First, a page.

Dre's Sister's Wedding Opens An Opportunity For 'black-ish' To Talk Feminism And Naming Rights

As much as Raven-Symoné can prompt Liz Lemon-sized eyerolls by making ill-advised comments on The View , I can't deny that she's a sitcom veteran and still has the ability to deliver a well-written line, so I was happy to see her return as Rhonda Johnson. And Dre's sister's wedding raises a debate in the Johnson home about the retrograde traditions of marriage compared with new efforts to be more amenable to feminism when it's revealed that Bow never changed her name when she got married, because her maiden name was also "Johnson." So even though they're all still the "Johnson" family, Dre is shocked to find out that his wife sees herself as a steadfast feminist, not a traditional wife honoring her husband. Needless to say, the idea takes him almost the entire episode to get used to.

His mother has a similar learning curve. Ruby, who learned her lesson about trying to come to terms with her daughter's sexuality last season, struggles to be more accepting, but what really gets under her skin isn't Rhonda's gayness, but the way Rhonda has quickly become close to her in-laws, while she wants Rhonda's fiancee to keep a formal distance because of her lingering discomfort. And she doesn't drop an opportunity to take sides against Bow, either, which should be no surprise after seeing how excited she was at the prospect of Rainbow's impending death a few episodes ago.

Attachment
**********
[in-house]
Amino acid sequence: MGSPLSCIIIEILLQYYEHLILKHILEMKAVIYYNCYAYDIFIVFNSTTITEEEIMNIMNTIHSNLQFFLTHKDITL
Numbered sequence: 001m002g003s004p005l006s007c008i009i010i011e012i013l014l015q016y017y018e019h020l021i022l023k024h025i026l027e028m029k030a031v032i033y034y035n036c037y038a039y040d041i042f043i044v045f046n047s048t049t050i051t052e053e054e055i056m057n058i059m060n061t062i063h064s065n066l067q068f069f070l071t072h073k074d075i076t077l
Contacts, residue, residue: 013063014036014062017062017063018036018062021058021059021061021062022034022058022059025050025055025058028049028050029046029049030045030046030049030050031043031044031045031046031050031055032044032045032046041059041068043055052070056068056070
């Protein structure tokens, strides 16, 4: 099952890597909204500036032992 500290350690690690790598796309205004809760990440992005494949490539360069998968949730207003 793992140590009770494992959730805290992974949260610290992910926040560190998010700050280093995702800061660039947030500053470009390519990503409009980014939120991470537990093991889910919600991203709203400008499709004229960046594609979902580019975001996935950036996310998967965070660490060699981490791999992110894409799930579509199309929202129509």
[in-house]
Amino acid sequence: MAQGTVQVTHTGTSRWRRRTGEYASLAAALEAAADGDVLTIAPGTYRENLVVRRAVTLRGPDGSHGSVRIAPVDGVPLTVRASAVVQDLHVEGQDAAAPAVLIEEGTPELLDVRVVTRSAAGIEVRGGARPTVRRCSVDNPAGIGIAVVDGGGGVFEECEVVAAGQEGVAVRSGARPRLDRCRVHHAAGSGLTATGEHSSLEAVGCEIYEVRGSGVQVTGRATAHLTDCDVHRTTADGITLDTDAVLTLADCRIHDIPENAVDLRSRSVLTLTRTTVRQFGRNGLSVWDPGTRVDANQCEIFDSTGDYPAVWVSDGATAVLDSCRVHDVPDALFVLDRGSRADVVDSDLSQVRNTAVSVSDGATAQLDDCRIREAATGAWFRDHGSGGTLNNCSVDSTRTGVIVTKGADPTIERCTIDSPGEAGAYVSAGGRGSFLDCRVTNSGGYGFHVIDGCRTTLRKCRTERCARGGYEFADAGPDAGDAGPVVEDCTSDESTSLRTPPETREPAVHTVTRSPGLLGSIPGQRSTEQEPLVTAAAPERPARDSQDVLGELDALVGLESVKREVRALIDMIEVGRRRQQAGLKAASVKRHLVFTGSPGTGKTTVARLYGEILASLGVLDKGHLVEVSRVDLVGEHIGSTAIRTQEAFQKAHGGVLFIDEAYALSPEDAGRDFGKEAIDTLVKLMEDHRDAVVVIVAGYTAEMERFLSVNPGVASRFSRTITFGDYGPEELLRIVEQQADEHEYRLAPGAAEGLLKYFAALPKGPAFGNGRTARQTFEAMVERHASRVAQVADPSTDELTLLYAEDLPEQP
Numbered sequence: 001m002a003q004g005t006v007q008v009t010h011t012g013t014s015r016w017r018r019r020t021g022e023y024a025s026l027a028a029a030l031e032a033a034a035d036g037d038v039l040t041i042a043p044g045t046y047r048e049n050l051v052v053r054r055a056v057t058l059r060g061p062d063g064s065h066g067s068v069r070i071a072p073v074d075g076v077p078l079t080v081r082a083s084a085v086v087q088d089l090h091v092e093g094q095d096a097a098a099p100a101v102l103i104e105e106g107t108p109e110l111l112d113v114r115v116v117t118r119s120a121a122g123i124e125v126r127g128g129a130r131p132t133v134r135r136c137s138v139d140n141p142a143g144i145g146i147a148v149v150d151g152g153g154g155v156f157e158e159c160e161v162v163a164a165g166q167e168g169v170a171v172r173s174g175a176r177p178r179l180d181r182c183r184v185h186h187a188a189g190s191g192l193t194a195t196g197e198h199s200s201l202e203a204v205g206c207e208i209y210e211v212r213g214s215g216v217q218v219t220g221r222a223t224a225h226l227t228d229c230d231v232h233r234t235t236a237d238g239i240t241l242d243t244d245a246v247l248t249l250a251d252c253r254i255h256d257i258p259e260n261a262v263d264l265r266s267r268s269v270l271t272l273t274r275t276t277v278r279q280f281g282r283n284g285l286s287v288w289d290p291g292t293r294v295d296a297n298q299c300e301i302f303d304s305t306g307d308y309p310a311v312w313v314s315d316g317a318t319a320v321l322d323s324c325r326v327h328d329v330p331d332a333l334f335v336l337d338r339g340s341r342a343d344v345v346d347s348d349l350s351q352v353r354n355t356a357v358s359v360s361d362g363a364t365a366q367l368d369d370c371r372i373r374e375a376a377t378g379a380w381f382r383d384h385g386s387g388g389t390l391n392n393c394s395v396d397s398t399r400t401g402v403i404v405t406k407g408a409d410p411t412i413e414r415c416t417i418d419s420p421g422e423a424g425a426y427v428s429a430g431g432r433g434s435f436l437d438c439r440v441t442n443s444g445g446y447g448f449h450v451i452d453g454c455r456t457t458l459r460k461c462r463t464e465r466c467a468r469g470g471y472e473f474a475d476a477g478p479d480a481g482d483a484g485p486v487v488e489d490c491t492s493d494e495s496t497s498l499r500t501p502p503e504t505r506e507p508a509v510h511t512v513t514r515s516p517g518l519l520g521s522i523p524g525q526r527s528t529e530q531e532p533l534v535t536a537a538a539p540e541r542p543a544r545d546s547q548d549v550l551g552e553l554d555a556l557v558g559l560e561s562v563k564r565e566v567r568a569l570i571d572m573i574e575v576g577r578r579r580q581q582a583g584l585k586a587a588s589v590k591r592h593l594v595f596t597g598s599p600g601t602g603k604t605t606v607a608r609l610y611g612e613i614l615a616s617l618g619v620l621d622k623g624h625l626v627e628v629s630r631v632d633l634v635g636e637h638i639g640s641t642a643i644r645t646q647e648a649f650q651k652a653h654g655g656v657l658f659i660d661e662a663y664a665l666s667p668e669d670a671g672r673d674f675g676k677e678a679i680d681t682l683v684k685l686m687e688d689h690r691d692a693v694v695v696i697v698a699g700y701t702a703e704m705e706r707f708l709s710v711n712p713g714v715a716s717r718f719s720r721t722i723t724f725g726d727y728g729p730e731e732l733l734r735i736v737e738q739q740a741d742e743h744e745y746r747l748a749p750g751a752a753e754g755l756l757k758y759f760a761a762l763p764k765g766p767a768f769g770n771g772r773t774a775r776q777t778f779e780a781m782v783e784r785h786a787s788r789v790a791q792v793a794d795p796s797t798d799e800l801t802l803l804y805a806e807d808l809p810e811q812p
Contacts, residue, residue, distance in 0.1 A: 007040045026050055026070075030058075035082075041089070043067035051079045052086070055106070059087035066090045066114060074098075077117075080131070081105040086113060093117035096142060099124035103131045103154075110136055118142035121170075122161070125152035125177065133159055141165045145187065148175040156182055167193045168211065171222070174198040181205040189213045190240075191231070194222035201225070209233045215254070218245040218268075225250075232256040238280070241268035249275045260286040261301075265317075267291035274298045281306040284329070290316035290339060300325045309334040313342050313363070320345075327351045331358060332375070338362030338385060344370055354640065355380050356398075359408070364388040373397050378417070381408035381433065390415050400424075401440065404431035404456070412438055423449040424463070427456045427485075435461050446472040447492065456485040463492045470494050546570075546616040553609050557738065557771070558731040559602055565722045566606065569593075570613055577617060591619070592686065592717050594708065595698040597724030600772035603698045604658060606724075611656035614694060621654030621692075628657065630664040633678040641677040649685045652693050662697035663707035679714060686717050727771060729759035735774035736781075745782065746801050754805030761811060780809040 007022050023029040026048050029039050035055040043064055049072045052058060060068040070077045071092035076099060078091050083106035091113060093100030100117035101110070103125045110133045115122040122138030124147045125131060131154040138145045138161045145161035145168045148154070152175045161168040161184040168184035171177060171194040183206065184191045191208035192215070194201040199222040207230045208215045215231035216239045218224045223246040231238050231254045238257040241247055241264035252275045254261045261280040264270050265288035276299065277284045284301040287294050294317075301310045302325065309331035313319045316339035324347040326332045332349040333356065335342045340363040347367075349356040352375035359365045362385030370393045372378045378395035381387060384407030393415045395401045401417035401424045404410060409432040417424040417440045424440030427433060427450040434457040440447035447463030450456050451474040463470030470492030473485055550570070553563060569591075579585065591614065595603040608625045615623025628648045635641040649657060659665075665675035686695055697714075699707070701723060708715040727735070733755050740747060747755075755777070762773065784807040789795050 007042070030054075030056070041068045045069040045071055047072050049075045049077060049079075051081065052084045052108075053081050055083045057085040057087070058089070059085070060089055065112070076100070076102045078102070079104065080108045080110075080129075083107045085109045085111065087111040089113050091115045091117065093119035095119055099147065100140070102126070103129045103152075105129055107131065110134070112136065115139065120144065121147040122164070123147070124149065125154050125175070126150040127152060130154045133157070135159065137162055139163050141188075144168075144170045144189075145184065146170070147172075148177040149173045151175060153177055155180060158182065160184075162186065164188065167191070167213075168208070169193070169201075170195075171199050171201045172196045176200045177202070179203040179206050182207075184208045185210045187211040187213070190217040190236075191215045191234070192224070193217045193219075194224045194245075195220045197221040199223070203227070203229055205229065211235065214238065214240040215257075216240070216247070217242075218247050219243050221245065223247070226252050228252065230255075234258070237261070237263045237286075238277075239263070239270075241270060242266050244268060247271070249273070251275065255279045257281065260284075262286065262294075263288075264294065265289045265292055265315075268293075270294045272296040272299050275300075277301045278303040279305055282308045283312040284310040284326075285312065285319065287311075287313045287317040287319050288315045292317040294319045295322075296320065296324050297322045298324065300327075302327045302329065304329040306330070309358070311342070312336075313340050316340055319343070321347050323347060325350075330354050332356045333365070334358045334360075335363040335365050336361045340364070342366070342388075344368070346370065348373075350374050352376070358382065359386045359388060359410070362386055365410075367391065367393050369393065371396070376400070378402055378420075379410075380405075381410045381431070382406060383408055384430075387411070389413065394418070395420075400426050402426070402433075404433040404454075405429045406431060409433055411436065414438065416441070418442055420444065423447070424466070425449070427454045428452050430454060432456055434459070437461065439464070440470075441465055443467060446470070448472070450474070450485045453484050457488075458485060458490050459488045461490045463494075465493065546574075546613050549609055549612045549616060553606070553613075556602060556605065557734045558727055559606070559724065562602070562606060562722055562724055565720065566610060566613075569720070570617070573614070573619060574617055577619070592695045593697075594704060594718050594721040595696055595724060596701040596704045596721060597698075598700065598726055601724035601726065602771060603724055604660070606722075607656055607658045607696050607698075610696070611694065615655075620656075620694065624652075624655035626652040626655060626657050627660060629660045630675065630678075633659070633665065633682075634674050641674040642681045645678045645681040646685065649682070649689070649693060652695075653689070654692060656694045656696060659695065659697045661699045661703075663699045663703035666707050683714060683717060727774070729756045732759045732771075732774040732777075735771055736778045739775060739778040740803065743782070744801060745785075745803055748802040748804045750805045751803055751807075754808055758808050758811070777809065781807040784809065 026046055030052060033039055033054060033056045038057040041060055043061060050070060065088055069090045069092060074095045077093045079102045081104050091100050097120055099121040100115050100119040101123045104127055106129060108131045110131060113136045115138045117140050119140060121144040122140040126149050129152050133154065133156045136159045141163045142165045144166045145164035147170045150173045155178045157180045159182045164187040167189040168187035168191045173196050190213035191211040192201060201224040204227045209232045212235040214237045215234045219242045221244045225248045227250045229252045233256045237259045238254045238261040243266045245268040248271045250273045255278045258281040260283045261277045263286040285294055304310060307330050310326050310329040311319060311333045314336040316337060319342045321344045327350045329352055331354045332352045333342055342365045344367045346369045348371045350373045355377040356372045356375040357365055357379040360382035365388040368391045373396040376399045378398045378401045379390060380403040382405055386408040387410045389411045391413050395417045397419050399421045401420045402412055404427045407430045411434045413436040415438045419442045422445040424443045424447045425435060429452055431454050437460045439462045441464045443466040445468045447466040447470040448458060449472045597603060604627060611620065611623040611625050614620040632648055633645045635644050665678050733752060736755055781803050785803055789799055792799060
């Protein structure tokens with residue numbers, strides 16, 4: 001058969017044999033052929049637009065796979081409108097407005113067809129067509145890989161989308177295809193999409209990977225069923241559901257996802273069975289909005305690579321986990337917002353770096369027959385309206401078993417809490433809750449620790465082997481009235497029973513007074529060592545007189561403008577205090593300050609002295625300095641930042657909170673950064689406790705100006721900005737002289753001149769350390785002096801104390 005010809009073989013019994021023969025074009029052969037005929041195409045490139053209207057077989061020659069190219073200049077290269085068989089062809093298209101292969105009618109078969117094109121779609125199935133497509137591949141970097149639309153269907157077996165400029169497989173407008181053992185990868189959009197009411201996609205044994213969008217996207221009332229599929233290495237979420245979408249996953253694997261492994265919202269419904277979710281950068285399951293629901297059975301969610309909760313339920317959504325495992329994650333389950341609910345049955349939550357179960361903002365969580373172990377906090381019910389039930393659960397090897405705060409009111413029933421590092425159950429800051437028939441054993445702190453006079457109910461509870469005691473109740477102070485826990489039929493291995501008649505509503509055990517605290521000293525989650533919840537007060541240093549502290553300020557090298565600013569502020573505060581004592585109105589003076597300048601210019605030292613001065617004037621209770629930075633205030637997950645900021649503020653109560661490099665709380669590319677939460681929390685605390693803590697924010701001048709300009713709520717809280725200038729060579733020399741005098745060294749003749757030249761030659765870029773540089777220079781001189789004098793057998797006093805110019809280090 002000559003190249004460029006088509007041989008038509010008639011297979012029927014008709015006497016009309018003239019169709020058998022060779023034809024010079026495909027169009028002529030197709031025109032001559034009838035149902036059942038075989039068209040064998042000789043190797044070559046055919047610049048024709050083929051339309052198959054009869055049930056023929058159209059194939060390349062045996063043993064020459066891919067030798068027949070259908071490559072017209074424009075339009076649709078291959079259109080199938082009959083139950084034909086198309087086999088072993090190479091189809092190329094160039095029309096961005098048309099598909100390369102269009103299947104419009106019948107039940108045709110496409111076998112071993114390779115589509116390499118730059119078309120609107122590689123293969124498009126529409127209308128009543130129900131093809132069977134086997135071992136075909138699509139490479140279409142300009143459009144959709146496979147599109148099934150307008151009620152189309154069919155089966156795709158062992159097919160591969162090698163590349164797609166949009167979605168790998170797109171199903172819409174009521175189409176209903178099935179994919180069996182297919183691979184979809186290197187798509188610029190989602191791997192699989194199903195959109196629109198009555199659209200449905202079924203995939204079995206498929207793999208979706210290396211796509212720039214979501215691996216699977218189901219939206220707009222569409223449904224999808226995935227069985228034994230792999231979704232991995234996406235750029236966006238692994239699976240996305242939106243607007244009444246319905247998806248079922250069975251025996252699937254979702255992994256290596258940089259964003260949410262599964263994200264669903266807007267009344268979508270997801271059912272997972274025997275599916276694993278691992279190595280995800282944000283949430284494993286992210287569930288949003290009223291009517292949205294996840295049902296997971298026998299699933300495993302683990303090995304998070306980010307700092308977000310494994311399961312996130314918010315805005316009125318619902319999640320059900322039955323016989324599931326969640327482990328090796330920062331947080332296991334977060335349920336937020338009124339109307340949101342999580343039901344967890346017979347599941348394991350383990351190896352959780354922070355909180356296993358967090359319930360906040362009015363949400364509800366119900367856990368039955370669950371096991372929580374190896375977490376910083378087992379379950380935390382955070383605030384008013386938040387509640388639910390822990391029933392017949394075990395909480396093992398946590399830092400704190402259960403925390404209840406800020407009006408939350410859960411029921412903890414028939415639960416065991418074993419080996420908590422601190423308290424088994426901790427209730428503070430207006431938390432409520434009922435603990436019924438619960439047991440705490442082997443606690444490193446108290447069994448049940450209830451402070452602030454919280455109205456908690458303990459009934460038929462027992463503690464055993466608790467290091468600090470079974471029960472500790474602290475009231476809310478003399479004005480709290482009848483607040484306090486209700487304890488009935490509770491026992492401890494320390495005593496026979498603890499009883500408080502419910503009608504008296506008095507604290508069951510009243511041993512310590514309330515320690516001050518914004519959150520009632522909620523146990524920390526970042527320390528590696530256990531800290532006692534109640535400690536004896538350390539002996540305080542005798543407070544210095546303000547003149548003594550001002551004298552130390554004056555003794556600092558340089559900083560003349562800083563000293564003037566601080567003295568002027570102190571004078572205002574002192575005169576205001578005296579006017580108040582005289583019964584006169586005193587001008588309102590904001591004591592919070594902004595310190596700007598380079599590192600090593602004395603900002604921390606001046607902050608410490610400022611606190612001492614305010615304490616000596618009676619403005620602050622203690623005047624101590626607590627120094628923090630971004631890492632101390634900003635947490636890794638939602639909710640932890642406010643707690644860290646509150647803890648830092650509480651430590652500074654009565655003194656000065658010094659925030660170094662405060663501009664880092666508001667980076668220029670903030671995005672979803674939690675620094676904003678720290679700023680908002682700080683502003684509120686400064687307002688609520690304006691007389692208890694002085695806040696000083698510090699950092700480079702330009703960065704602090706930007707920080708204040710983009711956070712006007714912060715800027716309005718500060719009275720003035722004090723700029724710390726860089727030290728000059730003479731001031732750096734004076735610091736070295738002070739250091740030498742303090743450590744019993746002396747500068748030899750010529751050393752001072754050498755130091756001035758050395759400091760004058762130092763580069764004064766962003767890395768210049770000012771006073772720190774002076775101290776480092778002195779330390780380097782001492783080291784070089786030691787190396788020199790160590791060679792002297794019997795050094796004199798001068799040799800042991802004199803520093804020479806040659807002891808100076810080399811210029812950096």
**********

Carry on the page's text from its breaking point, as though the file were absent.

Both she and Rhonda school Rainbow a little bit on intersectional feminism, though that kind of annoys me since I refuse to believe that Bow didn't take at least three undergrad courses on that exact subject. But even though it's a little clumsy, it does give Ruby some great lines, especially "I couldn't afford to burn my bra — I only had the one!" which is a perfect way to sum up the struggles of being torn between white-defined feminism and racism.

But even though there's plenty of time devoted to pointing out that Bow isn't the only person who has a good point, ultimately she stands her ground, and ends the episode as Rainbow Johnson instead of giving in and becoming Rainbow... Johnson. Such is the way that black-ish pokes some fun at the issue, since the Johnsons' disagreement inherently has no effect on the family's status quo, but as always, the best part of the show is the way that Dre and Bow's marriage is built on a foundation so strong that not even battles over feminism and progressiveness — or jokes about opening OK Cupid accounts — can truly shake it.

Image: Kelsey McNeal/ABC; Giphy